Here’s today’s Final Jeopardy (in the category America in the 1700s) for Monday, August 31, 2020 (Season 36, Game 171):
“Every state shall always keep up a well regulated and disciplined militia, sufficiently armed and accoutred” is in No. 6 of these
This episode originally aired on May 18, 2020.
PSA: Jeopardy! may be resuming production soon, but the best way to keep COVID-19 at bay is for everybody to abide by physical distancing guidelines and when you are not able to do so, properly wear a mask.
(correct response beneath the contestants)
|Megan Elliott, a writer & editor from Redlands, California
|Ben Scripps, a television director from Cadillac, Michigan
|Jesse Laymon, a public policy director from Long Island City, New York (2-day total: $43,400)
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(Content continues below)
Correct response: What are the Articles of Confederation?
More information about Final Jeopardy:
The Articles of Confederation, approved by the Second Continental Congress in November 1777, was the original constitution of the United States of America. This constitution essentially legalized the structure of government that the Continental Congress had already been doing. However, after the American Revolution, the federal government realized that the limitations placed on it rendered it generally ineffective, which led to its repeal in 1789, replaced by the current Constitution.
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Looking to find out who won Jeopardy! today? Tonight’s results are below!
Scores going into Final:
Jesse $5,400 + $5,200 = $10,600 (What are the Articles of Confederation)
Ben $9,400 + $9,400 = $18,800 (What are the Articles of Confederation?) (1-day total: $18,800)
Megan $18,800 – $2,200 = $16,600 (What is the Bill of Rights?)
Scores after the Jeopardy! Round:
Opening break taken after: 15 clues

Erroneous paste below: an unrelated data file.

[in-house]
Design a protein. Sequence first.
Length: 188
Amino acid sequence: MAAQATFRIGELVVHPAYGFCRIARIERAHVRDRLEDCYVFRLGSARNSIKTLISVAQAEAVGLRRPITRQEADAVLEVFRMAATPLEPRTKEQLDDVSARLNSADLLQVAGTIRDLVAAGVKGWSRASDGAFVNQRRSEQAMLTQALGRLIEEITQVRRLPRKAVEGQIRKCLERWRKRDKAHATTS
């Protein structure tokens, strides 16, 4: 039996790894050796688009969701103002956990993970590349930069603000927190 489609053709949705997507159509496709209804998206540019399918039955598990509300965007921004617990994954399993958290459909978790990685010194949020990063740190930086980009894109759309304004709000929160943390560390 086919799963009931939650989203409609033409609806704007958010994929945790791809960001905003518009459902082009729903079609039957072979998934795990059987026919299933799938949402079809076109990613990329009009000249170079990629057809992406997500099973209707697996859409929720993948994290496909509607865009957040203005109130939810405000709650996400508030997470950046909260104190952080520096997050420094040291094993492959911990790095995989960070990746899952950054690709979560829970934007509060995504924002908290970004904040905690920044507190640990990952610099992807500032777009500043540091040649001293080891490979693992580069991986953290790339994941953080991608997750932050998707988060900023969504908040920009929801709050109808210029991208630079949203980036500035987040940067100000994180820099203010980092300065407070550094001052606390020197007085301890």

Daily Double locations:
1) NONFICTION $1000 (clue #11)
Megan 2800 +2000 (Jesse 1600 Ben 1200)
2) LET’S HAVE A PLANET $1200 (clue #3)
Ben 5200 -3000 (Jesse 5000 Megan 8000)
3) DA, YOU SPEAK RUSSIAN $800 (clue #11)
Ben 7400 -2000 (Jesse 4200 Megan 9600)
Overall Daily Double Efficiency for this game: -13
J! Round: None!
DJ! Round: None!
Total Left On Board: $0
Number of clues left unrevealed this season: 362 (2.12 per episode average), 5 Daily Doubles
Ben $14,400 Coryat, 21 correct, 3 incorrect, 36.84% in first on buzzer (21/57), 1/1 on rebound attempts (on 2 rebound opportunities)
Megan $17,800 Coryat, 18 correct, 0 incorrect, 29.82% in first on buzzer (17/57), 0/0 on rebound attempts (on 3 rebound opportunities)
Jesse $5,400 Coryat, 12 correct, 2 incorrect, 24.56% in first on buzzer (14/57), 0/0 on rebound attempts (on 1 rebound opportunity)
Combined Coryat Score: $37,600
Lach Trash: $10,400 (on 7 Triple Stumpers)
Coryat lost to incorrect responses (less double-correct responses): $6,000
Jesse Laymon, career statistics:
54 correct, 7 incorrect
4/5 on rebound attempts (on 11 rebound opportunities)
29.24% in first on buzzer (50/171)
3/3 on Daily Doubles (Net Earned: $8,400)
3/3 in Final Jeopardy
Average Coryat: $8,733
Ben Scripps, career statistics:
22 correct, 3 incorrect
1/1 on rebound attempts (on 2 rebound opportunities)
36.84% in first on buzzer (21/57)
0/2 on Daily Doubles (Net Earned: -$5,000)
1/1 in Final Jeopardy
Average Coryat: $14,400
Megan Elliott, career statistics:
18 correct, 1 incorrect
0/0 on rebound attempts (on 3 rebound opportunities)
29.82% in first on buzzer (17/57)
1/1 on Daily Doubles (Net Earned: $2,000)
0/1 in Final Jeopardy
Average Coryat: $17,800
Ben Scripps, to win:
2 games: 32.717%
Avg. streak: 1.486 games.
- The Jeopardy! Fan is of the firm belief that the best course of action in the situation that Megan found herself in is to play for the victory. Remember that since November 2014, ties in regular play after Final Jeopardy! are broken by a tiebreaker clue. I also very firmly disagree with the premise that the show should revert to pre-2015 rules; the world is significantly more connected than it was when the original rule was devised in 1964 and it would be a Standards & Practices nightmare in order to avoid collusion in today’s connected world.
- Additionally, once Megan chooses to make a wager, I see no real material point in quibbling over the size of that wager from a strategic perspective (so long as she doesn’t bet more than $7,999 in this case and let Jesse back in the game).
Contestant photo credit: jeopardy.com
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